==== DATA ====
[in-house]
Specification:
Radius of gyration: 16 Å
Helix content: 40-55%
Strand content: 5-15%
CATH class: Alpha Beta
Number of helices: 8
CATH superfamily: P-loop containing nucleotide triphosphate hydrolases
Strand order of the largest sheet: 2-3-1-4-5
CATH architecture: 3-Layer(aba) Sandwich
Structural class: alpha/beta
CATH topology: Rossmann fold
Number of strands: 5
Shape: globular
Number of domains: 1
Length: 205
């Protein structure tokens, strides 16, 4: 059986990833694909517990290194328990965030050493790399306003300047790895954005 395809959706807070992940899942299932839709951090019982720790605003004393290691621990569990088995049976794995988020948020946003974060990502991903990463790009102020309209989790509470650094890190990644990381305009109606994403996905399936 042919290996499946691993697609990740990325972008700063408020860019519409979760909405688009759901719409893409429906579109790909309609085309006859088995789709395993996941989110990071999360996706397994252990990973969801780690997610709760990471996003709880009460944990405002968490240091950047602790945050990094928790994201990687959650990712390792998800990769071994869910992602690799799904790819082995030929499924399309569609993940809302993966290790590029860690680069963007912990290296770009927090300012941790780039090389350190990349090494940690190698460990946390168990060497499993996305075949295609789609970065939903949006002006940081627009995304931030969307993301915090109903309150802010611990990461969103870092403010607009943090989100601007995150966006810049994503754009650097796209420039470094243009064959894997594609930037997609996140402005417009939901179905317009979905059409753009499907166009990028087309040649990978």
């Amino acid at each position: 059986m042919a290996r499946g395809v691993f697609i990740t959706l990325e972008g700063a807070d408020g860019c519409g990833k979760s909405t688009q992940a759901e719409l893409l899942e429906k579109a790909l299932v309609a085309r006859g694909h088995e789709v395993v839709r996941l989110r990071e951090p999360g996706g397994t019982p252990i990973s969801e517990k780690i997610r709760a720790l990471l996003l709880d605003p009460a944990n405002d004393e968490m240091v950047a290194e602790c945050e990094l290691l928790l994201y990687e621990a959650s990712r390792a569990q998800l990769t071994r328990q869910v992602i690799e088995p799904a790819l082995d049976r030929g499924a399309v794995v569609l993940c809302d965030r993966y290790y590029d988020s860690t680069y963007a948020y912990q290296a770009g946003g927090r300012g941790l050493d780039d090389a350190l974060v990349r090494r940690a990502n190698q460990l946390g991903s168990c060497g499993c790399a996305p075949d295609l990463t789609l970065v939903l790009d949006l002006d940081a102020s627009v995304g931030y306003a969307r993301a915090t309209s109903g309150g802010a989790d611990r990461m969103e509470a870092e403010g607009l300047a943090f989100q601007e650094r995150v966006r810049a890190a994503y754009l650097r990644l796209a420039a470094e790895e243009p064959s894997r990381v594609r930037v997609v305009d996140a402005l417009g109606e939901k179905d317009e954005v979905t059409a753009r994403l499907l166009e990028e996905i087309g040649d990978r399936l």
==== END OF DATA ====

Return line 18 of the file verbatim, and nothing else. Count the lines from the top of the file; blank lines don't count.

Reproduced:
């Amino acid at each position: 059986m042919a290996r499946g395809v691993f697609i990740t959706l990325e972008g700063a807070d408020g860019c519409g990833k979760s909405t688009q992940a759901e719409l893409l899942e429906k579109a790909l299932v309609a085309r006859g694909h088995e789709v395993v839709r996941l989110r990071e951090p999360g996706g397994t019982p252990i990973s969801e517990k780690i997610r709760a720790l990471l996003l709880d605003p009460a944990n405002d004393e968490m240091v950047a290194e602790c945050e990094l290691l928790l994201y990687e621990a959650s990712r390792a569990q998800l990769t071994r328990q869910v992602i690799e088995p799904a790819l082995d049976r030929g499924a399309v794995v569609l993940c809302d965030r993966y290790y590029d988020s860690t680069y963007a948020y912990q290296a770009g946003g927090r300012g941790l050493d780039d090389a350190l974060v990349r090494r940690a990502n190698q460990l946390g991903s168990c060497g499993c790399a996305p075949d295609l990463t789609l970065v939903l790009d949006l002006d940081a102020s627009v995304g931030y306003a969307r993301a915090t309209s109903g309150g802010a989790d611990r990461m969103e509470a870092e403010g607009l300047a943090f989100q601007e650094r995150v966006r810049a890190a994503y754009l650097r990644l796209a420039a470094e790895e243009p064959s894997r990381v594609r930037v997609v305009d996140a402005l417009g109606e939901k179905d317009e954005v979905t059409a753009r994403l499907l166009e990028e996905i087309g040649d990978r399936l």